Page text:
The decision was, of course, not easy after such a long time. We both realized that at a professional level, sometimes you need to make changes. Matteo had come back from multiple injuries in incredibly strong ways. But we wanted to do something different. Then I suggested to consider the possibility of a fresh start with another coach. Initially, he had doubts and was a bit scared about the future, so I convinced him of this step. This was only possible because we had a very good relationship and still do.

What is Matteo still able to achieve?

I think he can still achieve great things. He has the power and energy to come back. When I recently met him, he was a bit sad because he couldn’t compete in the tournaments in Rome and Roland Garros. Missing the tournament in Rome for the third time is particularly hard for him as a local hero. But I am confident that he will come back even stronger.

Now you are working with the young Frenchman Luca van Assche, whom you are also coaching here at the Neckarcup in Heilbronn. How did that come about?

Luca has been working very successfully with coach Yannick Quere for more than nine years. I was then contacted by Ivan Ljubicic. Ivan, who has been responsible for the “Ambition 2024” project of the French Tennis Federation, sent me a message that Luca was looking for a new coach and would like to get in touch with me. I found it very remarkable that, despite his young age, he contacted me personally and not through a manager or his parents. Although I had other options, I definitely wanted to try it with him.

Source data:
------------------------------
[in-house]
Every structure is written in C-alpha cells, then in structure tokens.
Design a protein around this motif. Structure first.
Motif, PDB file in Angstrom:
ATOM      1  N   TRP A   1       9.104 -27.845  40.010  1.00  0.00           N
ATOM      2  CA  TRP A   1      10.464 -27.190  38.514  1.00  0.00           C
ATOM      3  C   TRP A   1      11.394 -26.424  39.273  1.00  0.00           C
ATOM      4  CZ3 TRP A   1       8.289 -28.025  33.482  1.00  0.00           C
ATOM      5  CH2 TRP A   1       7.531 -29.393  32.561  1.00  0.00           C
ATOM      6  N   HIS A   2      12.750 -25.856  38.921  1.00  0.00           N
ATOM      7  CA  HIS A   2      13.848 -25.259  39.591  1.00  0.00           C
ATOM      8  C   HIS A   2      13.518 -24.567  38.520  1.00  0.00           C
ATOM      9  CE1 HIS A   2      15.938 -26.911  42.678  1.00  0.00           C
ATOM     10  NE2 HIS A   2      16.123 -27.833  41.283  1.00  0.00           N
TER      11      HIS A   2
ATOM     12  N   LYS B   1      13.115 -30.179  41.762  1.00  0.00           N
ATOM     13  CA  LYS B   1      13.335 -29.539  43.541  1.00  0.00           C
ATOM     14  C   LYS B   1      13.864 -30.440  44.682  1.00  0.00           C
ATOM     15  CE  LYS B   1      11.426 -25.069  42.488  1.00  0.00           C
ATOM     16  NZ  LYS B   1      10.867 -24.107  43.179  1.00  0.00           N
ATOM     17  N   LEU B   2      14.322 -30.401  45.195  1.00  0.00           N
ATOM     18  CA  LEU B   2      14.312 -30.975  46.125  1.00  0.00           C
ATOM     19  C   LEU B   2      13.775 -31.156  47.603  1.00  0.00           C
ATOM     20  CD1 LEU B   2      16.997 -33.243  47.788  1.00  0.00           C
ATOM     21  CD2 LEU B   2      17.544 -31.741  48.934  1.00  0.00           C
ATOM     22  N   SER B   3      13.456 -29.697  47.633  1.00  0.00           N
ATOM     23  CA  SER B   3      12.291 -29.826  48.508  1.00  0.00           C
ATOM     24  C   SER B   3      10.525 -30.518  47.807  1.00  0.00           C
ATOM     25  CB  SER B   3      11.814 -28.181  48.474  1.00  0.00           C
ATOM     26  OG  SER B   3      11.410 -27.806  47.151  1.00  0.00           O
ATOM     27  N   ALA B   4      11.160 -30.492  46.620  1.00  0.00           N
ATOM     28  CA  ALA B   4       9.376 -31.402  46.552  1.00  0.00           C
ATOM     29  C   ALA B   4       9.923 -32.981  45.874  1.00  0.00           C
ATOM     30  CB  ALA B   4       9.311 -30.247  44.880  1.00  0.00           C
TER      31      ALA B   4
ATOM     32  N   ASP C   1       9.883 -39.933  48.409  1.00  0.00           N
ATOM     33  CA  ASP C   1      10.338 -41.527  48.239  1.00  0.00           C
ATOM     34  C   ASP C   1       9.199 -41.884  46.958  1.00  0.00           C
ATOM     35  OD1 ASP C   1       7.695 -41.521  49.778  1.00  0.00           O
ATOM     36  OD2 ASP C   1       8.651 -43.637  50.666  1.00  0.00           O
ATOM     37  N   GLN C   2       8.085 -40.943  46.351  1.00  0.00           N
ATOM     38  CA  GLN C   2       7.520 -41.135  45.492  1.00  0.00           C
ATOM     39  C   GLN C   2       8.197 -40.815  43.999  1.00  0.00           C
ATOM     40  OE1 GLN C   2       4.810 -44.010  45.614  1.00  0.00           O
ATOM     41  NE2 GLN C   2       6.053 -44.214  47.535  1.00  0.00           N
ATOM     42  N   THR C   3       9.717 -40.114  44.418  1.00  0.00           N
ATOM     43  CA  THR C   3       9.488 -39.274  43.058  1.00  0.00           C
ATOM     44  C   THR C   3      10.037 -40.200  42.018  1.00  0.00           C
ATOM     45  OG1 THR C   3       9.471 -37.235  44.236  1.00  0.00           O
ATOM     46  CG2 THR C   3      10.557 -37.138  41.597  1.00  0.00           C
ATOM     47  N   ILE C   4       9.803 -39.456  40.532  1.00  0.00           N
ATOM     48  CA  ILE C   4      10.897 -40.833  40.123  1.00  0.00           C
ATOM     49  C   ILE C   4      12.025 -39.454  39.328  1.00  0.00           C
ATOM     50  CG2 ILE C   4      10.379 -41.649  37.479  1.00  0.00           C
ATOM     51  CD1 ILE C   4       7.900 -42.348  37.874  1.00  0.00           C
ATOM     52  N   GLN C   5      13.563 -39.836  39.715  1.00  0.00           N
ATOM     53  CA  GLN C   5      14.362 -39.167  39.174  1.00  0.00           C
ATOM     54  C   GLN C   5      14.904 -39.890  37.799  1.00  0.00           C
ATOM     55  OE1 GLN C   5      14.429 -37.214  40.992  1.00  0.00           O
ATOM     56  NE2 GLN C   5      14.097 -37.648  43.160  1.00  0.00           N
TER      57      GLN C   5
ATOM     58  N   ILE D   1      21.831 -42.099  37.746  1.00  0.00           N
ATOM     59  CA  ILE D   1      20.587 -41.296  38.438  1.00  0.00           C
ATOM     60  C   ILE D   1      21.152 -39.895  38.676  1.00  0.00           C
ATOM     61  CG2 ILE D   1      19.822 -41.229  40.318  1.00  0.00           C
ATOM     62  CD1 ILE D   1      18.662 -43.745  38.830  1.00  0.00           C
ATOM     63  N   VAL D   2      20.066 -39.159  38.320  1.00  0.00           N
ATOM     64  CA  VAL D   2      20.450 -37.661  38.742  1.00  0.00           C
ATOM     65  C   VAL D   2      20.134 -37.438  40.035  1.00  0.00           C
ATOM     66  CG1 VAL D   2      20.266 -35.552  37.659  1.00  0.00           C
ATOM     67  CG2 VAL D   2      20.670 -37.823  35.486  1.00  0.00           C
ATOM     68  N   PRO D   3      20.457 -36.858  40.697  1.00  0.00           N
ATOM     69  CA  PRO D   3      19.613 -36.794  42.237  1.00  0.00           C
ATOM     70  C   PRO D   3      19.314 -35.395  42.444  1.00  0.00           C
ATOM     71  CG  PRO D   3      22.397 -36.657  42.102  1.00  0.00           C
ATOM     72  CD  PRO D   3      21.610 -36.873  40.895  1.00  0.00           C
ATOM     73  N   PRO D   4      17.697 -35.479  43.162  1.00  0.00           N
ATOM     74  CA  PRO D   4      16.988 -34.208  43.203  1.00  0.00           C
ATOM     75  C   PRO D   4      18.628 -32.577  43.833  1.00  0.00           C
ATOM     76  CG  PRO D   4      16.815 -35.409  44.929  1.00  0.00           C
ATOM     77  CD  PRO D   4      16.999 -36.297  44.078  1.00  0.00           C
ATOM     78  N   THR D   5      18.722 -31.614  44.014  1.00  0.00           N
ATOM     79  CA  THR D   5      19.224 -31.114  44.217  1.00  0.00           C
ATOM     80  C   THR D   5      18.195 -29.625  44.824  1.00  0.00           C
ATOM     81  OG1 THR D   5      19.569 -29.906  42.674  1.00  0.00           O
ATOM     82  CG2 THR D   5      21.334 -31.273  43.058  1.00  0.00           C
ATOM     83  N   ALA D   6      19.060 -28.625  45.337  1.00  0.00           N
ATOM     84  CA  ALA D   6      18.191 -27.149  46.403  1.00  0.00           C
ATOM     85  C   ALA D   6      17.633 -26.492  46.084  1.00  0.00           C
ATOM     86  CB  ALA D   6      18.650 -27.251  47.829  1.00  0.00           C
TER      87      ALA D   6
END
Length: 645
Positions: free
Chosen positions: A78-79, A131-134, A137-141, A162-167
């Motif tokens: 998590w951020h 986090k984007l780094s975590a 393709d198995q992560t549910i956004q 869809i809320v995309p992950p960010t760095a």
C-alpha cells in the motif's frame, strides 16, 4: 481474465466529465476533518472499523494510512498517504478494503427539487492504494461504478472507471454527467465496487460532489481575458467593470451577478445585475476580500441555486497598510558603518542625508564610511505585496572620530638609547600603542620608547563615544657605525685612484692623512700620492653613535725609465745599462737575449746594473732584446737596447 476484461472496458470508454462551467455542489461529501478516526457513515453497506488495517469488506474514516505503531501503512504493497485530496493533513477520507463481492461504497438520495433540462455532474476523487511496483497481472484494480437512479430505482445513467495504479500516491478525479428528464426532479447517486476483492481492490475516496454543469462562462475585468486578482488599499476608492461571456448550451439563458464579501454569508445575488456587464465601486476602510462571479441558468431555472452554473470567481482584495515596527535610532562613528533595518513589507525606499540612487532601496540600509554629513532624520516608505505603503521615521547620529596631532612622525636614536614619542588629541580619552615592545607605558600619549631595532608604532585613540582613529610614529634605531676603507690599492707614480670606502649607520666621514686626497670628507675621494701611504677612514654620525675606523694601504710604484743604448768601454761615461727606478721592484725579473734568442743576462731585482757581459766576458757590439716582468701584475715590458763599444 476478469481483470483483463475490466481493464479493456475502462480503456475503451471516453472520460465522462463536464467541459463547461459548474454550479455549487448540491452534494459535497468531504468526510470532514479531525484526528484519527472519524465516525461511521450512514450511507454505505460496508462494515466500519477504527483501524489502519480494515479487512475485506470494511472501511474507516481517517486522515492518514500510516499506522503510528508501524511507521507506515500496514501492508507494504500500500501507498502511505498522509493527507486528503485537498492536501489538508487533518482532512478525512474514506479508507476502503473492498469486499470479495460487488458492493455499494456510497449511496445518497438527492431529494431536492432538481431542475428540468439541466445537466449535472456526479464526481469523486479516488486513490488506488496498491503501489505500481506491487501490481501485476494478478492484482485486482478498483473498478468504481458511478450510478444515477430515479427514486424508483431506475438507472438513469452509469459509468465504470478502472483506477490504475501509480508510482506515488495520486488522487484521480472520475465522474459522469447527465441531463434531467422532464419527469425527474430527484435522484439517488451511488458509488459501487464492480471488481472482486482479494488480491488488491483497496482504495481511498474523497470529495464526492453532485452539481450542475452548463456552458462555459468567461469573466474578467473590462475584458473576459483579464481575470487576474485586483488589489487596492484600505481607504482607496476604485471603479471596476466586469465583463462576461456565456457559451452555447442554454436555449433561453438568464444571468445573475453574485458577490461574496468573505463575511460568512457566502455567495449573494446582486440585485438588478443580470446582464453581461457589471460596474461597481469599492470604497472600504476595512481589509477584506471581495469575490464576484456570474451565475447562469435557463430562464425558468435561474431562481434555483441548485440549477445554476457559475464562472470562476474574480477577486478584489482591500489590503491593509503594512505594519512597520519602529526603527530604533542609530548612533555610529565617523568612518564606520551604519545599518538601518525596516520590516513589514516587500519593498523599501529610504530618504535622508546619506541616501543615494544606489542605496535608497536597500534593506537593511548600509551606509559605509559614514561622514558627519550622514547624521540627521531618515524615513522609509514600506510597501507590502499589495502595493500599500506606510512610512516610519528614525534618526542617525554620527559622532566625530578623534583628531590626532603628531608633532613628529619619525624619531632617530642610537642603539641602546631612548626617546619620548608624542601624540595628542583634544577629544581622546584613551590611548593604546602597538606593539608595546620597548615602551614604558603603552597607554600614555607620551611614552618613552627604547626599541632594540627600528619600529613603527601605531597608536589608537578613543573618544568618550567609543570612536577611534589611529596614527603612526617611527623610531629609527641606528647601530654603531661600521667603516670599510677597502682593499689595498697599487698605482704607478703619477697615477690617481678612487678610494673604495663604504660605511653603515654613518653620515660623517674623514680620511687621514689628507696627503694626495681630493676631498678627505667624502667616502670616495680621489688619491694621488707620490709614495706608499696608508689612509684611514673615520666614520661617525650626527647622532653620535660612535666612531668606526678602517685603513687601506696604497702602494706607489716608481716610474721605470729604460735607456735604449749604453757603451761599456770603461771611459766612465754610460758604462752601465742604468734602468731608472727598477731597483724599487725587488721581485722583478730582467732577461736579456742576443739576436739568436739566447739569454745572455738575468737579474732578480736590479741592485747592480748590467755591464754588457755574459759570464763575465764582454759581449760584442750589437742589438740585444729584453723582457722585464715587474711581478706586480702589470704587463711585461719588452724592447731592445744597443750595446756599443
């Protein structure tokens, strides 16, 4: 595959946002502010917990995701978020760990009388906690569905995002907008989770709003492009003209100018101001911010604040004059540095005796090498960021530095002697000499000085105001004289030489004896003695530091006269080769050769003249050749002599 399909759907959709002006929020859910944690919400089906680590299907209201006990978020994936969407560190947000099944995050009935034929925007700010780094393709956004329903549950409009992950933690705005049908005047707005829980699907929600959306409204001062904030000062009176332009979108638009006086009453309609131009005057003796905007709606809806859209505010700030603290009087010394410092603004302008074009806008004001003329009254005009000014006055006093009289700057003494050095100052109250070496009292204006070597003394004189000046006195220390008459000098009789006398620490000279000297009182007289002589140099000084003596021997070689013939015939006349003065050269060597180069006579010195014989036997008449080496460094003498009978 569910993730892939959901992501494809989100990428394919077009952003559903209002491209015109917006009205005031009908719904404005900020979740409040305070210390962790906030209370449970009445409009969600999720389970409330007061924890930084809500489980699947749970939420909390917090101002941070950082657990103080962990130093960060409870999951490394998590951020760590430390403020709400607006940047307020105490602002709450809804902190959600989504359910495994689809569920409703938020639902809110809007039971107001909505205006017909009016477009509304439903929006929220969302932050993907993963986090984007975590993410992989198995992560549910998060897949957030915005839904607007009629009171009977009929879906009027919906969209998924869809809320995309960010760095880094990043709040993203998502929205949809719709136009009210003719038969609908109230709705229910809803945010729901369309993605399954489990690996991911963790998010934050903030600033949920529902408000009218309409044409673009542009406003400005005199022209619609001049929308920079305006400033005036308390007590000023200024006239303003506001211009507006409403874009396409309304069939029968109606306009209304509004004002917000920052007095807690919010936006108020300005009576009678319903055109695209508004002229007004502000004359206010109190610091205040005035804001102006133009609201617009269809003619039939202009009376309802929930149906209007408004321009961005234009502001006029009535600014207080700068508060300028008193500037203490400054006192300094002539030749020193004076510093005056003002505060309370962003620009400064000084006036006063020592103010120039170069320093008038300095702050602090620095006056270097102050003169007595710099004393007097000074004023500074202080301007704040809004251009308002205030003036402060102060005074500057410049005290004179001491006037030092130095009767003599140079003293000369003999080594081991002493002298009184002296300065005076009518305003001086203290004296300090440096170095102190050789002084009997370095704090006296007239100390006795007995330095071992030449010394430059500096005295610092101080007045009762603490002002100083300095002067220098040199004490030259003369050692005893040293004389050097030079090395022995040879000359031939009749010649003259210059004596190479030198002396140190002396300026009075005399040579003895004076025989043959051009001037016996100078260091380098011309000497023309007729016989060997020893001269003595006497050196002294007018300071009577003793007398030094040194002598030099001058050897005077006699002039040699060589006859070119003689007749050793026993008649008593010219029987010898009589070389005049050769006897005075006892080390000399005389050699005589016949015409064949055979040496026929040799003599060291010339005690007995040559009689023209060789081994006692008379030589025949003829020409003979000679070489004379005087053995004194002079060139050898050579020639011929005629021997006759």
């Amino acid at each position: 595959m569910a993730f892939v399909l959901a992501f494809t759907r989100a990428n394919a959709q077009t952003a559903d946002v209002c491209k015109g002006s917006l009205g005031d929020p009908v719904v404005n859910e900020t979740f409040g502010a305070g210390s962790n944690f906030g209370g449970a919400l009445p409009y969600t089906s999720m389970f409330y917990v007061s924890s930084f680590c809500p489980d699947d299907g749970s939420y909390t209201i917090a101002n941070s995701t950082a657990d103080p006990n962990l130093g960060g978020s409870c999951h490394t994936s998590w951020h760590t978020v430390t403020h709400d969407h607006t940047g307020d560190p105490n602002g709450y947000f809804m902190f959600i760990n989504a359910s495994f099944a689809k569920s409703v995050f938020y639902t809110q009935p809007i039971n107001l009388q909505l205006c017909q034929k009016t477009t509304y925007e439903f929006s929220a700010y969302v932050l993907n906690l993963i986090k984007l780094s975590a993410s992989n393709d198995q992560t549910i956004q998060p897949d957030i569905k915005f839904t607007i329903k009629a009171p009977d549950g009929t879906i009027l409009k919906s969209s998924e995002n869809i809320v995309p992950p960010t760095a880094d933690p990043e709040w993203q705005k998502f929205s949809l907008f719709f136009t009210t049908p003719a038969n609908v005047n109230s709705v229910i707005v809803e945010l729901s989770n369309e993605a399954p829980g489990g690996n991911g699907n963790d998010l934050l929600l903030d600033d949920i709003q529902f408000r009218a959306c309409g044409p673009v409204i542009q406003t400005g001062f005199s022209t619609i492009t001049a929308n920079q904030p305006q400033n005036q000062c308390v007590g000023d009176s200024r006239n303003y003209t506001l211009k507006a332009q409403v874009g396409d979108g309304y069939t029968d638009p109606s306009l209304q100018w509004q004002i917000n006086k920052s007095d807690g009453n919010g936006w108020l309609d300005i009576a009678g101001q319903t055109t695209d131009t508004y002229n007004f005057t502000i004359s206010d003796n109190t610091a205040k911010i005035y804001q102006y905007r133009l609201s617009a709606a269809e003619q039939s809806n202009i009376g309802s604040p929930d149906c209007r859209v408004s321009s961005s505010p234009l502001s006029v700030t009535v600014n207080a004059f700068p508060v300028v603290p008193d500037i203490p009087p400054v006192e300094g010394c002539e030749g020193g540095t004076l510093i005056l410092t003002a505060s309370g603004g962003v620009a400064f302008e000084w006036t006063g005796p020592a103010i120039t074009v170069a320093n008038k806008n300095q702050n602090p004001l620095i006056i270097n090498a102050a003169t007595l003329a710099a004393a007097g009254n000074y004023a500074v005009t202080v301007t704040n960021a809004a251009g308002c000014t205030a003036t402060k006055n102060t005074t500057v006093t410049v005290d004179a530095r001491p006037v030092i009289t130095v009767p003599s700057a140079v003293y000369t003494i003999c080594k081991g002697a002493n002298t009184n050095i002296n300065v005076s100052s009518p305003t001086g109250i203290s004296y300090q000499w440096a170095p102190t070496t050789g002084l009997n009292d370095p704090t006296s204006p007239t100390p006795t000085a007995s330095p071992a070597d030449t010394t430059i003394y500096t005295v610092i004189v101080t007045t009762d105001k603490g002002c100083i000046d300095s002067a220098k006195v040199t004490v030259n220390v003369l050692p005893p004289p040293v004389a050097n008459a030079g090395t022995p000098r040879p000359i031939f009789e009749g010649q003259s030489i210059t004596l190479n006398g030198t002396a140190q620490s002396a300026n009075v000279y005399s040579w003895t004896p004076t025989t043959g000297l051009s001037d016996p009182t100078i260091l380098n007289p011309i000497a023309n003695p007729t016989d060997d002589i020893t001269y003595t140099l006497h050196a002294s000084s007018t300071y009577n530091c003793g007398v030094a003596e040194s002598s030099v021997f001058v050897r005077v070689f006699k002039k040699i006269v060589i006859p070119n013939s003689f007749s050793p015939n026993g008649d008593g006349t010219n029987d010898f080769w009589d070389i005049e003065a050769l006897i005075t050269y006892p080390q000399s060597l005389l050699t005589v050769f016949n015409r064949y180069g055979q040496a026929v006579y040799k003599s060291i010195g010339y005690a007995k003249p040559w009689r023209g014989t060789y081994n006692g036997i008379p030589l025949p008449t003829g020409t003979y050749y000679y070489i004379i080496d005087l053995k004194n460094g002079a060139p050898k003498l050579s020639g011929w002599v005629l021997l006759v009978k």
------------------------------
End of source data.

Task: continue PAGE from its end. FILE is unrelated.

For me, it is always important that I approach a task with passion and not just see it as a job. The project with Luca is particularly interesting because he is still very young, and as a coach, I can have a significant influence on his development. He has many possibilities in his game. Additionally, he speaks Italian, as his mother is from Italy. I also share the coaching responsibilities with his current coach, which means that my calendar is not fully booked as I was before. The combination of all these factors makes the role very attractive to me.

What are his strengths and weaknesses?